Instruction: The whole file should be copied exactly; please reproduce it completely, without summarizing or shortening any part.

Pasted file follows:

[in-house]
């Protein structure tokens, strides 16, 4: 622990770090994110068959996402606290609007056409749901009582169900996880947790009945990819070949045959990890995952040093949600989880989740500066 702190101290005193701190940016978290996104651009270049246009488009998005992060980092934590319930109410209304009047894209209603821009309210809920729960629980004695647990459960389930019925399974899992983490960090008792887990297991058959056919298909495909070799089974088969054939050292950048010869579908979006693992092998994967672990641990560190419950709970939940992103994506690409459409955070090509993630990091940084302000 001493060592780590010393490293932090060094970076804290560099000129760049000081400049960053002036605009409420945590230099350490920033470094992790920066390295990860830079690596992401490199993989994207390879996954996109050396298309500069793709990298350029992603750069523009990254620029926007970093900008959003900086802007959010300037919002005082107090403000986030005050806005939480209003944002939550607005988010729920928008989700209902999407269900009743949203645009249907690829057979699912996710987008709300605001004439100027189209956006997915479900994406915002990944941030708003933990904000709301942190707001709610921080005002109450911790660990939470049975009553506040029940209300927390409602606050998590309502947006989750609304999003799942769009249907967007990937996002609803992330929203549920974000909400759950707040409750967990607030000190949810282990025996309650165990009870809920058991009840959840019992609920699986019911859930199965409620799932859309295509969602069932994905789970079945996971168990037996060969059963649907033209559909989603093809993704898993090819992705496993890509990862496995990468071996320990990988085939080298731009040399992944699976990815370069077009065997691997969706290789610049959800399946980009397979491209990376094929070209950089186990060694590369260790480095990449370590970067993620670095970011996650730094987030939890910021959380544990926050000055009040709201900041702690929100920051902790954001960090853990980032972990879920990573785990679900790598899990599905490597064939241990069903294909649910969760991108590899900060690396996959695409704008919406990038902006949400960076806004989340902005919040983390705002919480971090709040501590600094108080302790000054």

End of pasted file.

[in-house]
């Protein structure tokens, strides 16, 4: 622990770090994110068959996402606290609007056409749901009582169900996880947790009945990819070949045959990890995952040093949600989880989740500066 702190101290005193701190940016978290996104651009270049246009488009998005992060980092934590319930109410209304009047894209209603821009309210809920729960629980004695647990459960389930019925399974899992983490960090008792887990297991058959056919298909495909070799089974088969054939050292950048010869579908979006693992092998994967672990641990560190419950709970939940992103994506690409459409955070090509993630990091940084302000 001493060592780590010393490293932090060094970076804290560099000129760049000081400049960053002036605009409420945590230099350490920033470094992790920066390295990860830079690596992401490199993989994207390879996954996109050396298309500069793709990298350029992603750069523009990254620029926007970093900008959003900086802007959010300037919002005082107090403000986030005050806005939480209003944002939550607005988010729920928008989700209902999407269900009743949203645009249907690829057979699912996710987008709300605001004439100027189209956006997915479900994406915002990944941030708003933990904000709301942190707001709610921080005002109450911790660990939470049975009553506040029940209300927390409602606050998590309502947006989750609304999003799942769009249907967007990937996002609803992330929203549920974000909400759950707040409750967990607030000190949810282990025996309650165990009870809920058991009840959840019992609920699986019911859930199965409620799932859309295509969602069932994905789970079945996971168990037996060969059963649907033209559909989603093809993704898993090819992705496993890509990862496995990468071996320990990988085939080298731009040399992944699976990815370069077009065997691997969706290789610049959800399946980009397979491209990376094929070209950089186990060694590369260790480095990449370590970067993620670095970011996650730094987030939890910021959380544990926050000055009040709201900041702690929100920051902790954001960090853990980032972990879920990573785990679900790598899990599905490597064939241990069903294909649910969760991108590899900060690396996959695409704008919406990038902006949400960076806004989340902005919040983390705002919480971090709040501590600094108080302790000054």